What is Decade and BCD Counters?

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A decade counter is one that goes through 10 unique output combinations and then resets as the clock proceeds further. Since it is an MOD-10 counter, it can be constructed with a minimum of four flip-flops. A four-bit counter would have 16 states. By skipping any of the six states by using some kind of feedback or some kind of additional logic, we can convert a normal four-bit binary counter into a decade counter. A decade counter does not necessarily count from 0000 to 1001. It could even count as 0000, 0001, 0010, 0101, 0110, 1001, 1010, 1100, 1101, 1111, 0000, In this count sequence, we have skipped 0011, 0100, 0111, 1000, 1011 and 1110.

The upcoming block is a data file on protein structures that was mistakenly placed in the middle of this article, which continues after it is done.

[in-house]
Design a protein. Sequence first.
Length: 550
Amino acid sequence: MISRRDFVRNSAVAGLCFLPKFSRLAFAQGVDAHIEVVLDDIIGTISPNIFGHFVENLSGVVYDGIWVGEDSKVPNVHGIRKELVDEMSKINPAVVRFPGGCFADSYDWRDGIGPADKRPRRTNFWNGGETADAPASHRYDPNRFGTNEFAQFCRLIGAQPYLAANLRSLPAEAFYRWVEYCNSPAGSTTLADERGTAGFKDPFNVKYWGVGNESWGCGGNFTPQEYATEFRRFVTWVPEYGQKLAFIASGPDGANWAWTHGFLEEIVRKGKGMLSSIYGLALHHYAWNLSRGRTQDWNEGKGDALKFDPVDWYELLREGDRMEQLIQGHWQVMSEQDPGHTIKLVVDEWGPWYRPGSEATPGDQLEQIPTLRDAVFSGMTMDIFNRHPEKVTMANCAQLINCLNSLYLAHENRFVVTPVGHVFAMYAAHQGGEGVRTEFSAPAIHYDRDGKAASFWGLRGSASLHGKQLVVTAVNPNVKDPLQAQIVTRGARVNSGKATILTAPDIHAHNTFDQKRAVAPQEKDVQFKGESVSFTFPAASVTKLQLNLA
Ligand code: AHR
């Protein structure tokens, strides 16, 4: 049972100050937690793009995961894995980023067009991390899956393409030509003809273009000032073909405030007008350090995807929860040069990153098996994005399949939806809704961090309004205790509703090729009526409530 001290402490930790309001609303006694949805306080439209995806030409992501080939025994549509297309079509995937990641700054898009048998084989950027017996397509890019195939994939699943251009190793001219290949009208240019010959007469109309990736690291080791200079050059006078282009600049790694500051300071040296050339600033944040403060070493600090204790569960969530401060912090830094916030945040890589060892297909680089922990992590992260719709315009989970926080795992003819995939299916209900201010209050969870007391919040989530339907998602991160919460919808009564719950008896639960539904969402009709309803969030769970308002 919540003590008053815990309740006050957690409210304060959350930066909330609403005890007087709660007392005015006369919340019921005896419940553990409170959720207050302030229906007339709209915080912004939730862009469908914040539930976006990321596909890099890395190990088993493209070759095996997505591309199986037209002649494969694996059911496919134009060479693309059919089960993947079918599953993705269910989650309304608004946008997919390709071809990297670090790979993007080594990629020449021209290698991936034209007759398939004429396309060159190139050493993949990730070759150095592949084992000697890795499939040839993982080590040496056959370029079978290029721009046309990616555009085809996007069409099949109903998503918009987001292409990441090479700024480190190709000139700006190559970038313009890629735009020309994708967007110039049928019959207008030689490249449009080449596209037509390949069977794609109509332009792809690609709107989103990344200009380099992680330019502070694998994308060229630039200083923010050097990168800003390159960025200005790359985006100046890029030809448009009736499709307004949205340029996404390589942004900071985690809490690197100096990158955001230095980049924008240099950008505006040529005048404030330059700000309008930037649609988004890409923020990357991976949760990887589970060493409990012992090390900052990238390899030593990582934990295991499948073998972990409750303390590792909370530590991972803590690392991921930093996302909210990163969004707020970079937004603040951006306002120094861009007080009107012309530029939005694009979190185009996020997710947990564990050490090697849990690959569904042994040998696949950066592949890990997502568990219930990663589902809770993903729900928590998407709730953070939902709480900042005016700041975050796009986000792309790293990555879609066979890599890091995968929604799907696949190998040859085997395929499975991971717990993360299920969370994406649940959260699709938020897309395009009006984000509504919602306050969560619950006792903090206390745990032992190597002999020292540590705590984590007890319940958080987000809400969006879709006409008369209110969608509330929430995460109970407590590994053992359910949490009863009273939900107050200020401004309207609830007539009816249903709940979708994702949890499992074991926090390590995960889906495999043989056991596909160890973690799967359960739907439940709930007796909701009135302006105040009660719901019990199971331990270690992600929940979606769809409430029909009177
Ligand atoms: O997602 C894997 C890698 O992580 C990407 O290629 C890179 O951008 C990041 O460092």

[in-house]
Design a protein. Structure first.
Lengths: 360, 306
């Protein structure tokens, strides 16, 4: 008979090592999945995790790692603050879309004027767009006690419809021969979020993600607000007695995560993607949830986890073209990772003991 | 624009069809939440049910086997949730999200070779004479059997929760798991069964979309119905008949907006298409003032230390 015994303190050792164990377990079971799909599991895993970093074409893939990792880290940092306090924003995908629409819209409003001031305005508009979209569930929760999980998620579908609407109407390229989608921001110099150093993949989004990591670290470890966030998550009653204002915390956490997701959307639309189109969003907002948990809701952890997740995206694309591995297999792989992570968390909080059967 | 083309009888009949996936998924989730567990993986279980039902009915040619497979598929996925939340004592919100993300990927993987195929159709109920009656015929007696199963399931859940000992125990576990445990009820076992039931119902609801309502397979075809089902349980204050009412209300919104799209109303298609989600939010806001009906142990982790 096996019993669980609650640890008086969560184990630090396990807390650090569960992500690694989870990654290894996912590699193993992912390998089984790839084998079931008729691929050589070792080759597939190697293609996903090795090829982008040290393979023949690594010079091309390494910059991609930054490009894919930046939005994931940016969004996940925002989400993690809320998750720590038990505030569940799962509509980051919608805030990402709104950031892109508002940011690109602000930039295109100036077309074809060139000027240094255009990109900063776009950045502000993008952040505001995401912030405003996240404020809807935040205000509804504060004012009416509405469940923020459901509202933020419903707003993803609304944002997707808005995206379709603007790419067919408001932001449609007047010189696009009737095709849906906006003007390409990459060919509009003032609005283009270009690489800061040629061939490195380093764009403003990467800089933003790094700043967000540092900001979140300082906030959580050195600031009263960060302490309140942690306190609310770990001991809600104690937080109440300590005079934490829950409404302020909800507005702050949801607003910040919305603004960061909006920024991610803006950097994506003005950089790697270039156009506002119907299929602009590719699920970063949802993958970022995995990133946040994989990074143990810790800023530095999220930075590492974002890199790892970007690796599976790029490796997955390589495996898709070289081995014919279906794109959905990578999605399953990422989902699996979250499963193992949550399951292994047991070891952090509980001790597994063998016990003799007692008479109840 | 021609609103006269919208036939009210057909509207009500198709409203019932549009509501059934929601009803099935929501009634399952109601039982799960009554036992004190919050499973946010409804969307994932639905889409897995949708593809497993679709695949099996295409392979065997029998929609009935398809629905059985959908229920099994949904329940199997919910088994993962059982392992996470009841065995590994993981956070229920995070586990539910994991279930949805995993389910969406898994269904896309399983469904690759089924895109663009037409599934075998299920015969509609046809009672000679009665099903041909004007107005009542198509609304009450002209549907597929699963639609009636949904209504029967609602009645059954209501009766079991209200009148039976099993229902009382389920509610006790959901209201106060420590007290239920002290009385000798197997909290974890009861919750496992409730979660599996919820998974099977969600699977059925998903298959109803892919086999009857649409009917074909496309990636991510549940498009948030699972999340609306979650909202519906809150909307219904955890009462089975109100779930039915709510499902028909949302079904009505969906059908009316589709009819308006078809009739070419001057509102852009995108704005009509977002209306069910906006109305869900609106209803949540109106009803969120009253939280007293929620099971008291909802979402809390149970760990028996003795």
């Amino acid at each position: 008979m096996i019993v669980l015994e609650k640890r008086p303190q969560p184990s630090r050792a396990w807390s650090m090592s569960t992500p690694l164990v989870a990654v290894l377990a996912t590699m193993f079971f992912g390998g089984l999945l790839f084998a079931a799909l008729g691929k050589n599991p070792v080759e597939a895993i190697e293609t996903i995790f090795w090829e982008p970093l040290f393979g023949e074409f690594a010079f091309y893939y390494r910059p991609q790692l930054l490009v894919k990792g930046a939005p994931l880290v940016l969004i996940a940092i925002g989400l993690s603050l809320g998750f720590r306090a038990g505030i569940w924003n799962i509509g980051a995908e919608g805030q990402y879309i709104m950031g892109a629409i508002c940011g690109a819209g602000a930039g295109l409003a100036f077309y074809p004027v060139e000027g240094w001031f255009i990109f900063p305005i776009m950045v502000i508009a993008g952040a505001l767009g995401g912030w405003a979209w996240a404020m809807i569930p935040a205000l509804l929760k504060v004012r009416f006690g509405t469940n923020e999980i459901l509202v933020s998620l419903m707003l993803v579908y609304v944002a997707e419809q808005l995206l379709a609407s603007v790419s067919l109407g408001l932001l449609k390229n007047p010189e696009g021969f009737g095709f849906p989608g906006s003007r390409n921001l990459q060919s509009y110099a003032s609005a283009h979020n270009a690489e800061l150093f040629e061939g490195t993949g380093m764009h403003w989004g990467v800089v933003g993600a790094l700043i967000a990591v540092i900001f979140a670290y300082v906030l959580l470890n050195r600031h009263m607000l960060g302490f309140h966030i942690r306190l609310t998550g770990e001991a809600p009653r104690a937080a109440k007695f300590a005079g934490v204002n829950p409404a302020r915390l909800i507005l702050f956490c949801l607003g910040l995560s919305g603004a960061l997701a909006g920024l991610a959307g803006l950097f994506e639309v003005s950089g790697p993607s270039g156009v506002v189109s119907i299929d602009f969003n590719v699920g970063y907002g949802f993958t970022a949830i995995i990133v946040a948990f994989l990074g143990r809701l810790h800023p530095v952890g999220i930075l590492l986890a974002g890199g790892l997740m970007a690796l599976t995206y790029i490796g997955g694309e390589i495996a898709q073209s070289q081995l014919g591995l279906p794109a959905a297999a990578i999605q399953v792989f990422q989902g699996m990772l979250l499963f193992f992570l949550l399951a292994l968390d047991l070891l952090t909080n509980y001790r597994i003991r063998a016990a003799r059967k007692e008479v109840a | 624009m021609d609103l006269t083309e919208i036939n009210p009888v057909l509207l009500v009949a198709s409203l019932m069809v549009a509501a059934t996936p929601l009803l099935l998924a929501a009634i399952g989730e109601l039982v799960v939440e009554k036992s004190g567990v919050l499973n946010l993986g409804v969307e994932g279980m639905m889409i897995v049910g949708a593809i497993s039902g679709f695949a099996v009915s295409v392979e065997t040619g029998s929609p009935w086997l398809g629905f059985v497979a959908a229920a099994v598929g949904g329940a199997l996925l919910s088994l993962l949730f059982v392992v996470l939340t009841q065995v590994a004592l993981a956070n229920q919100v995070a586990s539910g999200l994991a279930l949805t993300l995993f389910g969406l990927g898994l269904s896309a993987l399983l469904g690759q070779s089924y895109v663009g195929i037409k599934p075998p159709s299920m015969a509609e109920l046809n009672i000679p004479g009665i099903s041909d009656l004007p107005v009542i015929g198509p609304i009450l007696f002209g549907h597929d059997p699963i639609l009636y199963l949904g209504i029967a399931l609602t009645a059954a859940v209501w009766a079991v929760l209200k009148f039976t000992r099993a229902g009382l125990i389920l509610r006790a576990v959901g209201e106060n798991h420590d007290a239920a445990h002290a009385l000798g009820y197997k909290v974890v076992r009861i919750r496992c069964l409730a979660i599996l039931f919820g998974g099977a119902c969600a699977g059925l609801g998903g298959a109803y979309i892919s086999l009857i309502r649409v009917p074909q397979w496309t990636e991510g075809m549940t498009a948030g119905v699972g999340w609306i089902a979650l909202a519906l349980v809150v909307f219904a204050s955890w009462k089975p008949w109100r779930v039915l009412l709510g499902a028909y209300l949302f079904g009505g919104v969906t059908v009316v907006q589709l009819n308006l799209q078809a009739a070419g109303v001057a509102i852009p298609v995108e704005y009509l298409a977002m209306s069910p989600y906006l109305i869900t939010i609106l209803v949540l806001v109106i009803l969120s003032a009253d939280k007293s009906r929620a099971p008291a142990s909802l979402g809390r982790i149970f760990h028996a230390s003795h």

A BCD counter is a special case of a decade counter in which the counter counts from 0000 to 1001 and then resets. The output weights of flip-flops in these counters are in  accordance with 8421-code. For instance, at the end of the seventh clock pulse, the counter output will be 0111, which is the binary equivalent of decimal 7. In other words, different counter states in this counter are binary equivalents of the decimal numbers 0 to 9. These are different from other decade counters that provide the same count by using some kind of forced feedback to skip six of the natural binary counts.

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